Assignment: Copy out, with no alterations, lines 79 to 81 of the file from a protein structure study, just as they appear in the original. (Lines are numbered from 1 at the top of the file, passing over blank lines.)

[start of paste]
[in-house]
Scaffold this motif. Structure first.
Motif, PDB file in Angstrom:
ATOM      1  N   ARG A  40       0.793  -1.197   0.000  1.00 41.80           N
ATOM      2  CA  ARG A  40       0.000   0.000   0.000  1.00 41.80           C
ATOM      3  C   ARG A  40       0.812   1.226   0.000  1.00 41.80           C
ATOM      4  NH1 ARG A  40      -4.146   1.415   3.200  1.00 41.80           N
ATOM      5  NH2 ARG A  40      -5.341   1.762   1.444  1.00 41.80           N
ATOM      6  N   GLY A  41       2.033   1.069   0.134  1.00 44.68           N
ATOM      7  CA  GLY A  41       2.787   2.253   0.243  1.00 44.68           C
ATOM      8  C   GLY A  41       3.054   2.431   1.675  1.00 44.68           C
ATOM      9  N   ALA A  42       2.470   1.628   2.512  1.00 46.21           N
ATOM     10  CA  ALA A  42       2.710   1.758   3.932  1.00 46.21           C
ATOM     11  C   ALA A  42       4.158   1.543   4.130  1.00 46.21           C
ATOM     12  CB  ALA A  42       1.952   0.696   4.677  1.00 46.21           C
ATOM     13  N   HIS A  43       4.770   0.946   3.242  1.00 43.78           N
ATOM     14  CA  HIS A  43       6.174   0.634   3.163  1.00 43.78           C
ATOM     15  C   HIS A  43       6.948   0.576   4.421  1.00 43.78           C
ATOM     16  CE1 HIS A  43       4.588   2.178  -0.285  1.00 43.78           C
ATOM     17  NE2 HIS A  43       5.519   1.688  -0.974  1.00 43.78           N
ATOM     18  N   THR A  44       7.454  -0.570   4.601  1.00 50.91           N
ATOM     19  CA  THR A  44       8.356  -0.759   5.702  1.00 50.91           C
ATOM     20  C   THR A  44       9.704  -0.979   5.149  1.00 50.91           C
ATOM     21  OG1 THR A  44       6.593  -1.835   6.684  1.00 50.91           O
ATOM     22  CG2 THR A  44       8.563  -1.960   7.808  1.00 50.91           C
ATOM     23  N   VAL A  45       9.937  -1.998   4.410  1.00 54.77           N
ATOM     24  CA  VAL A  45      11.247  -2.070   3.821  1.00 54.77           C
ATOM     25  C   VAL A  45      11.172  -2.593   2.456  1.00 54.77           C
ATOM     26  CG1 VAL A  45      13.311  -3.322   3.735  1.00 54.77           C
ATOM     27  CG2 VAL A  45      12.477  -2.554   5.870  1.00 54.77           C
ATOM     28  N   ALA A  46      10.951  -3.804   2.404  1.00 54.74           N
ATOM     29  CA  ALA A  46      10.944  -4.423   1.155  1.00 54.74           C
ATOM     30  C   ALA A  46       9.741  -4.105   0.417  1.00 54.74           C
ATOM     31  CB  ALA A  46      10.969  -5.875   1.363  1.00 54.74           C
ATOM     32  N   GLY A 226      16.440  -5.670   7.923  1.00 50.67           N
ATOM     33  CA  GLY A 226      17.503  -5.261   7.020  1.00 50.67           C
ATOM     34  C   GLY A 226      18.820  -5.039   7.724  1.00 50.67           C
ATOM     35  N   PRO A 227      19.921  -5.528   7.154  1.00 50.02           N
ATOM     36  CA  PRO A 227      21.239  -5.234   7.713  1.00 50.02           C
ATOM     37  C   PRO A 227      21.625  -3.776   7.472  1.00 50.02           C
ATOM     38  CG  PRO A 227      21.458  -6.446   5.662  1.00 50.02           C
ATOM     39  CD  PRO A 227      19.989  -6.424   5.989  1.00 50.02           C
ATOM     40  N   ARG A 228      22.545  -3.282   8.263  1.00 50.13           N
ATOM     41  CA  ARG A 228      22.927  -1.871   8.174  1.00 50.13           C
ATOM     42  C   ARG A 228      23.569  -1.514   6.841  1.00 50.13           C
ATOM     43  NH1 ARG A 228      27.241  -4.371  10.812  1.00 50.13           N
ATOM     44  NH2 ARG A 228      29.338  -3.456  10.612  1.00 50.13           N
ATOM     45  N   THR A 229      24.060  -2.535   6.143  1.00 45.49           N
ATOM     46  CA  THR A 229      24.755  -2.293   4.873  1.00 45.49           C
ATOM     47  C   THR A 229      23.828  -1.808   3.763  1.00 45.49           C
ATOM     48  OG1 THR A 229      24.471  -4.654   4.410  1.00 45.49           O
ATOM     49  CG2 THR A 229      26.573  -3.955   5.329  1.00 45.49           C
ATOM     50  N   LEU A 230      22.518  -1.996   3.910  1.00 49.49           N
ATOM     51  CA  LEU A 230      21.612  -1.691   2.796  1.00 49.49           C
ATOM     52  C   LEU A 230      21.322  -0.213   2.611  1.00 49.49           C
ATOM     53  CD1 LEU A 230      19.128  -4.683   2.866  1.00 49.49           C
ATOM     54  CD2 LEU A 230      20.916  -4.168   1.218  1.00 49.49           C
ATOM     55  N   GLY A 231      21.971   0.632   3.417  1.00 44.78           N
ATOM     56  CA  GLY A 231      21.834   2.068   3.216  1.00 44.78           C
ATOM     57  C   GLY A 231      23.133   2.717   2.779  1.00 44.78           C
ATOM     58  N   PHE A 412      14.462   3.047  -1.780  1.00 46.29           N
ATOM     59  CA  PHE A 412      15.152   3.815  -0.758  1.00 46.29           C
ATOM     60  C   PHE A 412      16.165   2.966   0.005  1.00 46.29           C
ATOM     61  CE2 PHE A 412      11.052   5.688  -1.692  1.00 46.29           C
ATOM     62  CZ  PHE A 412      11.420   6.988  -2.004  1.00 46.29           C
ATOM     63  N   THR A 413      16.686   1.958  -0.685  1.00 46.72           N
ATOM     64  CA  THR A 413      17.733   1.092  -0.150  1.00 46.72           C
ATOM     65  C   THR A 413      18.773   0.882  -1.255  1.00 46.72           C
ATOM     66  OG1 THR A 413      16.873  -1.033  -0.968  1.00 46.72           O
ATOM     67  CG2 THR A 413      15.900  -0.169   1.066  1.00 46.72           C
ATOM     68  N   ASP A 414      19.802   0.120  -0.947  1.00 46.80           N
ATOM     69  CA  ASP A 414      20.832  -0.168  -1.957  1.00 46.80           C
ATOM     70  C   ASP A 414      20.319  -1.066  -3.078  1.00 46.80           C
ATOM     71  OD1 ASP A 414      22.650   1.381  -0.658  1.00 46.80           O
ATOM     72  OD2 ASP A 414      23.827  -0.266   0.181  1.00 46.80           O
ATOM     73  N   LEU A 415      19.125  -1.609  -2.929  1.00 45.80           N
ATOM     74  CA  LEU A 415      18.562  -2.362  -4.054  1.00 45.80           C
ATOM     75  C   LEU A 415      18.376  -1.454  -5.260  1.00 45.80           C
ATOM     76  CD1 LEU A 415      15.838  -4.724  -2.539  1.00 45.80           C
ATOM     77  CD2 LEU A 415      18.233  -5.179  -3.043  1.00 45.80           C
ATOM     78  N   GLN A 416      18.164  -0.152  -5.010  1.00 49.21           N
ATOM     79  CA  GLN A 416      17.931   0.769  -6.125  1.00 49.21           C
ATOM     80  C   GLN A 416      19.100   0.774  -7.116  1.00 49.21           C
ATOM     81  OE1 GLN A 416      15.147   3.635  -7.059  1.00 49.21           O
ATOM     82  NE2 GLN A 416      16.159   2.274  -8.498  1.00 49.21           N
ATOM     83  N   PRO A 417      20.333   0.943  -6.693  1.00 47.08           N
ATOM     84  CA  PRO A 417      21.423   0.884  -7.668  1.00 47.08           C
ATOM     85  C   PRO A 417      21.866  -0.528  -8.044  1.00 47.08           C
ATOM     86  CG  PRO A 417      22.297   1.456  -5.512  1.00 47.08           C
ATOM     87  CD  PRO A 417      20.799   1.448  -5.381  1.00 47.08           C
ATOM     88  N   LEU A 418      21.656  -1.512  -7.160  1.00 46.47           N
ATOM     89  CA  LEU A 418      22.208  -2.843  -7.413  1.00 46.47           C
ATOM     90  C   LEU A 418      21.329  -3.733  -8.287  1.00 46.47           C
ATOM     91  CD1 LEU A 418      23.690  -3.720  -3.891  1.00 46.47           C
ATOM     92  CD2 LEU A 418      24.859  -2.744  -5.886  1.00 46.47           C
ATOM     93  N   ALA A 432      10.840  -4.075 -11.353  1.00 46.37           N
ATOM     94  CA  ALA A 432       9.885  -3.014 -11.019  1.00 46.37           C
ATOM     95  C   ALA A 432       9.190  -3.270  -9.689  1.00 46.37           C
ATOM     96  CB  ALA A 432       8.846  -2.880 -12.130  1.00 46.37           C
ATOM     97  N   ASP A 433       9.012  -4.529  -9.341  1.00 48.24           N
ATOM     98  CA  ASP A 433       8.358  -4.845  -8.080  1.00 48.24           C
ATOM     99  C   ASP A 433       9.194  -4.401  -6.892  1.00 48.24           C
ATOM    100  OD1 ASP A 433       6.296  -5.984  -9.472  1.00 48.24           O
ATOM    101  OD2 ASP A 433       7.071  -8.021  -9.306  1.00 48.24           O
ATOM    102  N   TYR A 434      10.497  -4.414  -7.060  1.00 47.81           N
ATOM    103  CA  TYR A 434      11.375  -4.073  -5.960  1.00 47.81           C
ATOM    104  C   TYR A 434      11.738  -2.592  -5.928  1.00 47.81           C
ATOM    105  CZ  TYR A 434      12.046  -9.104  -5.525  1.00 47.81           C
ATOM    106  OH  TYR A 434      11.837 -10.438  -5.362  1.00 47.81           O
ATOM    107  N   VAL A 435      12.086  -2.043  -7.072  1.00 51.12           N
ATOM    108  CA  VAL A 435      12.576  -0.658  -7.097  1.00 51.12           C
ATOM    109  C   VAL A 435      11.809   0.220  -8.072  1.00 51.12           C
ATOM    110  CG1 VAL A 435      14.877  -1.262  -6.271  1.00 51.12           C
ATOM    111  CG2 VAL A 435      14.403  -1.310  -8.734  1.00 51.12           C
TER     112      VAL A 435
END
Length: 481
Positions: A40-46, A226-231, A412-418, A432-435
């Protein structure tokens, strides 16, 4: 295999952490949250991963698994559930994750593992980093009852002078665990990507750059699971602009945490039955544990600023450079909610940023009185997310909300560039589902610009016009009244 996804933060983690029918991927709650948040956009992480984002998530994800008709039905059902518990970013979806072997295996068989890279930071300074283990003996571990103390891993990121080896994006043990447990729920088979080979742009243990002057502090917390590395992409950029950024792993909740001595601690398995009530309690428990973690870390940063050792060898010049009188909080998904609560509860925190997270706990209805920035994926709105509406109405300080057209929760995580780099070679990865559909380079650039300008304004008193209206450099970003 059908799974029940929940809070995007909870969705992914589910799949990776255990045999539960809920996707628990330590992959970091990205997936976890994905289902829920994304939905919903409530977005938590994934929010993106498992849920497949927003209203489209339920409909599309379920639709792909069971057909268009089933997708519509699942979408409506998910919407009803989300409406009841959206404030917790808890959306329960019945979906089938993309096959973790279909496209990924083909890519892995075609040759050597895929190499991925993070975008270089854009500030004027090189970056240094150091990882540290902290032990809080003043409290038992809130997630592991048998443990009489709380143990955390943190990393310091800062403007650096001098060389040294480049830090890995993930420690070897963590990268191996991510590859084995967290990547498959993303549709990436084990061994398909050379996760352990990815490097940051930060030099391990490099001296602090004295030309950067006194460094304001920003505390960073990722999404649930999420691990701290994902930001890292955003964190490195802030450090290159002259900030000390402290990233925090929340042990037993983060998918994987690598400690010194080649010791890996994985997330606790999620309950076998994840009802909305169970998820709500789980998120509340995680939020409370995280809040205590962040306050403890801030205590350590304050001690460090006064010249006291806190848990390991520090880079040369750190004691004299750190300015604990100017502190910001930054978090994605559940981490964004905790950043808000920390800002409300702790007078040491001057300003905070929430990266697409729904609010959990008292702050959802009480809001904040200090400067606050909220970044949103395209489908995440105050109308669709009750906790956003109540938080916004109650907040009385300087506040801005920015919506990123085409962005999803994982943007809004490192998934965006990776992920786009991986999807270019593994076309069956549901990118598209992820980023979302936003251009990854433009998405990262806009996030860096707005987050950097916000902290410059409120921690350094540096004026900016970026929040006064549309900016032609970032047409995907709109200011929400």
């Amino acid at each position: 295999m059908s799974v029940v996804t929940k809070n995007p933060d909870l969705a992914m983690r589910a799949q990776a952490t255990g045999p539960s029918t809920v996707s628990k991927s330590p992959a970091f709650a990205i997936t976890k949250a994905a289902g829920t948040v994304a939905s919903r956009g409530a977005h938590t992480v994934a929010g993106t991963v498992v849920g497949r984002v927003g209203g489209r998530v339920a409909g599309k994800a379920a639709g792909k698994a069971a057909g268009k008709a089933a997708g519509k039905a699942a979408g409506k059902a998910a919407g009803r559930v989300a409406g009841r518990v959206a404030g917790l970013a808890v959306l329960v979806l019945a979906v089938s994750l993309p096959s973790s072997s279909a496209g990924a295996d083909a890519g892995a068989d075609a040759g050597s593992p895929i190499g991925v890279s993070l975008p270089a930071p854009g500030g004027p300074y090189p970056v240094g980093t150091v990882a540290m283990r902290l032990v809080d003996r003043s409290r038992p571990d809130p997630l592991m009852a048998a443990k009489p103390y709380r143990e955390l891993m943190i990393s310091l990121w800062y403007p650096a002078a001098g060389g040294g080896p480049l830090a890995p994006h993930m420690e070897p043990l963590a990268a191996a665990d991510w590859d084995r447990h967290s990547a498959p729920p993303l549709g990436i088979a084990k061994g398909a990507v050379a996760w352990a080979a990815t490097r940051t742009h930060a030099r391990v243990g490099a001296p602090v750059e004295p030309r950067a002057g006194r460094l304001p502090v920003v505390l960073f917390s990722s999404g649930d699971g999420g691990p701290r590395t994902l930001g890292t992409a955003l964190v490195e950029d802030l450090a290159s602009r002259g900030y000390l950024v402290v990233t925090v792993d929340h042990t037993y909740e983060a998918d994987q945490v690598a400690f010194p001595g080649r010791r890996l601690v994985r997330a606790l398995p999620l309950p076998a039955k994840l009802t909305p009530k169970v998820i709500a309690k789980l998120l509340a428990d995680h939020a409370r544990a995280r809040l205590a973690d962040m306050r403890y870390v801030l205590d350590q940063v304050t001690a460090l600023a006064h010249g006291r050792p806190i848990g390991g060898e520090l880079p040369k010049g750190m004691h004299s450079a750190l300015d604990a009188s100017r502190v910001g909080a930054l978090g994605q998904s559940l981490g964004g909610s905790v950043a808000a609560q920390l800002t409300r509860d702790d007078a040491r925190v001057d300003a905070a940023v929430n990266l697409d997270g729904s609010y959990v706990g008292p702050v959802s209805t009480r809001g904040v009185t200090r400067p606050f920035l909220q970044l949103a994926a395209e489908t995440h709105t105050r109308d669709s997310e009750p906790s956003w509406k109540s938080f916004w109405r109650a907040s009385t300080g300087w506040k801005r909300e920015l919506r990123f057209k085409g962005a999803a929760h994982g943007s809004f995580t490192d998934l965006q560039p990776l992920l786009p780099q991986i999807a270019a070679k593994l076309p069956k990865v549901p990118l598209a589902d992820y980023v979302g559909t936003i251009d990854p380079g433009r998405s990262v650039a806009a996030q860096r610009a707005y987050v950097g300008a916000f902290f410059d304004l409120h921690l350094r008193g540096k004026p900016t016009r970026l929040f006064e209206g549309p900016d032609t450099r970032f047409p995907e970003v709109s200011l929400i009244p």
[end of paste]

ATOM     76  CD1 LEU A 415      15.838  -4.724  -2.539  1.00 45.80           C
ATOM     77  CD2 LEU A 415      18.233  -5.179  -3.043  1.00 45.80           C
ATOM     78  N   GLN A 416      18.164  -0.152  -5.010  1.00 49.21           N